3. The subjects of special grace choose to join the church, because their hearts are united to christians. Though they once despised and avoided christians, yet as soon as they possess the spirit of Christ, they feel a peculiar complacency towards his friends, and delight to unite with them in the duties of religion, and in their attendance on divine ordinances. Those, who were converted on the day of Pentecost, were of one heart and of one soul, and united and continued together in social worship, and the celebration of divine or dinances. The subjects of special grace possess a spirit of mutual brotherly love. They love as brethren, and discern a peculiar beauty and excellence in all, that love the Lord. This christian union and affection is not momentary, but permanent and universal. It extends to all, who appear to be the subjects of special grace. David loved, esteemed and delighted in the saints, as the excellent of the earth. The
apostle John says, "We know, that we have passed from death to life, because we love the brethren.". Love to christians is commonly one of the first sensible effects of a saving change, and of the peculiar evidences of it, without which the same apostle says, no other evidence is to be relied on: "for he, that loveth not his brother, whom he hath seen, how can he love God whom he hath not seen?" As all the subjects of special grace sincerely love the church composed of the subjects of grace; so they naturally desire to join the church, and maintain a spiritual union and communion with the church in all gospel ordinances.
4. Those, who possess the grace of God, in truth, desire to promote his cause and interest in the world. They ardently desire, that his cause may prevail, and his kingdom may grow and flourish and fill the earth. And they desire to be workers together with him in building up his kingdom; and for this reason, wish to put themselves in the best situation, and under the strongest obligations to promote the cause of truth, and the prosperity of Zion. David calls upon the friends of God, "to pray for the peace of Jerusalem," and declares with respect to himself, "If I forget thee, O Jerusalem, let my right hand forget her cunning. If I do not remember thee, let my tongue cleave to my mouth; if I prefer not Jerusalem above my chief joy." Though young converts may do something to promote the cause of God, before they make a public profession of religion; yet by making a public profession of their faith and love, they can do much more to promote his cause, and lay themselves under stronger obligations to do it. Their professions gives them a greater freedom and creates a greater obligation to speak and act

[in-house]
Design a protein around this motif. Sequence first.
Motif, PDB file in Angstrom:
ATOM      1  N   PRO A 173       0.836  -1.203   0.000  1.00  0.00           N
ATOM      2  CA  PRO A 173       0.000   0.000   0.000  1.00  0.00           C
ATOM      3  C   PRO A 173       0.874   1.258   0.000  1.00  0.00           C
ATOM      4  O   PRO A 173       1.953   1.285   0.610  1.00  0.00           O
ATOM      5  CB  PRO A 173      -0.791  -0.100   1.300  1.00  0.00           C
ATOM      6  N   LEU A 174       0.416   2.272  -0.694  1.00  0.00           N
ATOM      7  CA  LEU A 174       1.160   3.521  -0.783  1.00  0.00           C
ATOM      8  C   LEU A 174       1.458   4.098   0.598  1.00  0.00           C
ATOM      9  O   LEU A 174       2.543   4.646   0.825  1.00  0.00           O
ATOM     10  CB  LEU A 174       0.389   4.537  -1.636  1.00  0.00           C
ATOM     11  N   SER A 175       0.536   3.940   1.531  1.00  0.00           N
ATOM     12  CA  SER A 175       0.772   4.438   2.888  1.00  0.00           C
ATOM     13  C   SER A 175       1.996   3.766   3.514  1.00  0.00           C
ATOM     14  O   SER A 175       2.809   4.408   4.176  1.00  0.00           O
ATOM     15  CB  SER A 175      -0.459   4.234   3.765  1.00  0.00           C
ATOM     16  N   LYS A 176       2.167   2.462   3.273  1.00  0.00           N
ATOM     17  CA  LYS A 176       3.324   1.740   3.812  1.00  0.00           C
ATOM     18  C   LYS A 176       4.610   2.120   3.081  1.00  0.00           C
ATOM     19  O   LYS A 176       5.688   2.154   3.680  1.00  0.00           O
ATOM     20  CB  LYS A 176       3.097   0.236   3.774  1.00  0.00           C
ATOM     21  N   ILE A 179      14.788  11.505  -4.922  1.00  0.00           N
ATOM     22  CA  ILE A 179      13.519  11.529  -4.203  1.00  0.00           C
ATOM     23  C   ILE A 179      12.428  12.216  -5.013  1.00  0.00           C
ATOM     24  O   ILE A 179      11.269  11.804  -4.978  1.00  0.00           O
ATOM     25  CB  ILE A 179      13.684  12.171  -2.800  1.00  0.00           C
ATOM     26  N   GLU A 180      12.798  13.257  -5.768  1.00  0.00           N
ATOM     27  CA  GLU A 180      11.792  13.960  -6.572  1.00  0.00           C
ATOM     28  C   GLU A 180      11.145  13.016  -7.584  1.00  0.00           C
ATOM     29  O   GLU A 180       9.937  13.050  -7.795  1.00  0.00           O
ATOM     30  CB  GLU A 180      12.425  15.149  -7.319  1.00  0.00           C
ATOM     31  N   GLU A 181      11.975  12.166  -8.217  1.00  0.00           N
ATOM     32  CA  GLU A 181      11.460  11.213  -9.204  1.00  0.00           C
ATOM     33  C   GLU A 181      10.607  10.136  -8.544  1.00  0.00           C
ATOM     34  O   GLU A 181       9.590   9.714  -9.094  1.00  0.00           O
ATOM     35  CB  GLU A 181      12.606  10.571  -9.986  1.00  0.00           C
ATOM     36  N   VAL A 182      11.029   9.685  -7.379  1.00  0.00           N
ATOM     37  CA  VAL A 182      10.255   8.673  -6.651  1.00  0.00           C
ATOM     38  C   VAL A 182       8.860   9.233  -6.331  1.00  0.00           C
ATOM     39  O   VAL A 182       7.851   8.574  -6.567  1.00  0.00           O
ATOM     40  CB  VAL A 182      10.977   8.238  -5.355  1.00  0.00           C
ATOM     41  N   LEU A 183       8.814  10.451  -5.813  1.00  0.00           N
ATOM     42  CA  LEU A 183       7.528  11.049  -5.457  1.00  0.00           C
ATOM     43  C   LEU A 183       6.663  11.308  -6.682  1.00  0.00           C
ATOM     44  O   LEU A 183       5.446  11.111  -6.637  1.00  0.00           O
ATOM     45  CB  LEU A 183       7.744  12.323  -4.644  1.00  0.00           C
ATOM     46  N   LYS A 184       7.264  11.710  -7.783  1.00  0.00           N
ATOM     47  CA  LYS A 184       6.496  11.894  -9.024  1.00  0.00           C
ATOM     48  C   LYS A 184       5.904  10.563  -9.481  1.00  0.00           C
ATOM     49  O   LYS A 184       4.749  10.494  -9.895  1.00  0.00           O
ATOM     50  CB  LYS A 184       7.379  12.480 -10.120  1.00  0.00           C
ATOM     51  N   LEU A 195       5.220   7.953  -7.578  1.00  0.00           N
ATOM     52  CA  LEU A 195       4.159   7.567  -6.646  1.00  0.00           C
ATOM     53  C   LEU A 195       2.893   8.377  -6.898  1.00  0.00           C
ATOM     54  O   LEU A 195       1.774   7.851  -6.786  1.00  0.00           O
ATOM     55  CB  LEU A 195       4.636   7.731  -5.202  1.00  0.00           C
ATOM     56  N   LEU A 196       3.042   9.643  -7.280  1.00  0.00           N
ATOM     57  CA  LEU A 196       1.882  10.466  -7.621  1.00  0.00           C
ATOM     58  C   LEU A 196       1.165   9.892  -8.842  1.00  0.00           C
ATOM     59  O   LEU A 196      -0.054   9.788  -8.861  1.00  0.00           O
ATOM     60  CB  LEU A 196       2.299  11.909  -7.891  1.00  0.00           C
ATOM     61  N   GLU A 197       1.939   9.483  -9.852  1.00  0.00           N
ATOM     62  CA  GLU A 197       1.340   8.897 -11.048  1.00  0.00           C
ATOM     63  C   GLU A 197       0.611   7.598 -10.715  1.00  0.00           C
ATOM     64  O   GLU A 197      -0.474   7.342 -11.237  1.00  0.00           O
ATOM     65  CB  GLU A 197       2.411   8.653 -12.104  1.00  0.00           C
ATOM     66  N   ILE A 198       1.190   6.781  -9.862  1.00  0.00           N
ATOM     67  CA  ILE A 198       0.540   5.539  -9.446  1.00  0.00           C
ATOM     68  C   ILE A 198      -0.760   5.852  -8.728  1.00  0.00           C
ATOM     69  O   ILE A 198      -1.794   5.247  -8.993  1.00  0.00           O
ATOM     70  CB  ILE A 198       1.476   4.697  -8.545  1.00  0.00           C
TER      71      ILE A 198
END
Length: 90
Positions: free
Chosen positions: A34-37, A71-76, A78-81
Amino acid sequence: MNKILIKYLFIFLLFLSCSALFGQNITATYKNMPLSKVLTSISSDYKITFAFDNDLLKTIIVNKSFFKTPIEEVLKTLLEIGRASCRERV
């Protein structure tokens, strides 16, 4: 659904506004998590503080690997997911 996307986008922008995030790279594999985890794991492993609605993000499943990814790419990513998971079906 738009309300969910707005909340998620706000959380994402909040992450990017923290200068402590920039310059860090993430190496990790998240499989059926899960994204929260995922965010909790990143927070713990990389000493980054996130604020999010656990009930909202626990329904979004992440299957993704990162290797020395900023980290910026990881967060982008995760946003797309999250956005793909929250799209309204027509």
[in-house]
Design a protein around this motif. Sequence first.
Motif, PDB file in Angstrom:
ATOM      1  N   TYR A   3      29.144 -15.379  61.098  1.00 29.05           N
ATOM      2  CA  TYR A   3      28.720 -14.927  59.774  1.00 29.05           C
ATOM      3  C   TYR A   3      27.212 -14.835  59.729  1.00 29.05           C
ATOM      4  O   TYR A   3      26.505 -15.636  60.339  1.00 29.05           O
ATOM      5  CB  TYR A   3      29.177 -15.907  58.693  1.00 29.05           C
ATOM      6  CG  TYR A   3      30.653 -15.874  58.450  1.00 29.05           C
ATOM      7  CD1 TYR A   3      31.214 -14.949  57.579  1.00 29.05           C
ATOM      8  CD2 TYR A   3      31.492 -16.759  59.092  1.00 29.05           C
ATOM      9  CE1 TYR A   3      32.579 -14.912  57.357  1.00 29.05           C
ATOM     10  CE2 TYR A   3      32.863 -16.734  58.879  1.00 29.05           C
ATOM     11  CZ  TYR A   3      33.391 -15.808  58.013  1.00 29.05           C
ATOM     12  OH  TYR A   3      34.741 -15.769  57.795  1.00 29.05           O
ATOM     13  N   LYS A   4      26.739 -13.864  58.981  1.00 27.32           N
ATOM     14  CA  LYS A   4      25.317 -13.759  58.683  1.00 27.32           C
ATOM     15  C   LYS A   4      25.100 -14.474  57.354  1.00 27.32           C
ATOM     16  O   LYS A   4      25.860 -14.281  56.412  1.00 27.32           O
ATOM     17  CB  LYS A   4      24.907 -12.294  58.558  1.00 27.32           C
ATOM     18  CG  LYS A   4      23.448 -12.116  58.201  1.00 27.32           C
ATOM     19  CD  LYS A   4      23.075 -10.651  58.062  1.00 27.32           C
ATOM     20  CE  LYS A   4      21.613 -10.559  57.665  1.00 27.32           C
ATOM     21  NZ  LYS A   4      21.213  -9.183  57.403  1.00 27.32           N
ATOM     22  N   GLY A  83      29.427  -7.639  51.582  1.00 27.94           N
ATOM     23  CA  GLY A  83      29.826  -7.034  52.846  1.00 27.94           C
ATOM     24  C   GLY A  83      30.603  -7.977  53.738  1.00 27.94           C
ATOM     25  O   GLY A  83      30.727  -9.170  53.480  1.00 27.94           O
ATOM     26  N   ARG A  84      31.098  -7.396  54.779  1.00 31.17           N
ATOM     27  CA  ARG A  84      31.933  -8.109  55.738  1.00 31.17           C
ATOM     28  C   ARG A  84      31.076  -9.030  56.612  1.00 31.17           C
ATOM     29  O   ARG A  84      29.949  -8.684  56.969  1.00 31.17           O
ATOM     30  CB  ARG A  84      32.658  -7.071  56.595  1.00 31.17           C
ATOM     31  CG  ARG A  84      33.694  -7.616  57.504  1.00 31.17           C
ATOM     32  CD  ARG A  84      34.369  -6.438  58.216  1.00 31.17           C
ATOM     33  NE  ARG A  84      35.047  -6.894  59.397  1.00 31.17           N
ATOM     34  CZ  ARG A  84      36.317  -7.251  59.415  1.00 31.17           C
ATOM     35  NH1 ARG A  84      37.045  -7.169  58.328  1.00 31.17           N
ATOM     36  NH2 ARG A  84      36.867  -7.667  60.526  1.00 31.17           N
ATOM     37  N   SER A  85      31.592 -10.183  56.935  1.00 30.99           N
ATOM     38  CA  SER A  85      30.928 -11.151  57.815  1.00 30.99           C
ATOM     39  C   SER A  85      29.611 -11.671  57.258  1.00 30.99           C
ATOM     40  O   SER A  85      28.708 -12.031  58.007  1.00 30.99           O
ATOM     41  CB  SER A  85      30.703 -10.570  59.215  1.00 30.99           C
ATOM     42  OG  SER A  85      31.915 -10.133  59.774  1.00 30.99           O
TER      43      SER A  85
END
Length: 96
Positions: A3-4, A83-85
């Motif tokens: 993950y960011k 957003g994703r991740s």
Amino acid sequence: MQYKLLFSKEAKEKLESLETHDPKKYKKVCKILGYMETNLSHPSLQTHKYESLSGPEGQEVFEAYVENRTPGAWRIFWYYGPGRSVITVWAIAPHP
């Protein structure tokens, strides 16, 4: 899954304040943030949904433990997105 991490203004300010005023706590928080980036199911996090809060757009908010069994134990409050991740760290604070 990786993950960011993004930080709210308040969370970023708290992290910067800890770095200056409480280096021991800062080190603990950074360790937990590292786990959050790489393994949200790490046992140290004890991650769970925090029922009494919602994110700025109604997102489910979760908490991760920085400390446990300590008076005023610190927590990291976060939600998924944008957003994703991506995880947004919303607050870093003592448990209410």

for God, and the good of their fellow men. by joining the church they increase their number, strengthen their hands, cement their union, and augment their zeal and resolution to promote virtue and piety, and to suppress every thing that obstructs the salutary effects of divine truth and divine ordinances. Young converts have good ground to expect, that they shall derive these great advantages and opportunities of doing good, by joining the church; and therefore they wish to name the name of Christ, that they may be better able to promote his cause and kingdom. They ought to be more concerned to do good, than to get good, by professing religion and binding themselves to promote it. But the great enemy of God and religion often tries all his artifice, to prevent them from uniting with its friends to do good, by exciting in their minds groundless fears, that they shall endanger the salvation of their own souls, if they attend the sacrament, where men may eat and drink damnation unto themselves. But supreme love to God and a zeal according to knowledge, will banish such fears, and sweetly constrain them to do their duty and leave the event with God.
5. Those, who are the subjects of special grace, desire to grow in grace; and for that reason desire to join the church, that they may enjoy the best means of spiritual edification and growth in grace. They desire the sincere milk of the word and the nourishment of divine ordinances, that they may grow thereby. All divine ordinances are designed and calculated to promote the spiritual benefit and edification and comfort of the children of God. They have, therefore, always highly prized them and endeavored to enjoy them in the house of God. David says, "One thing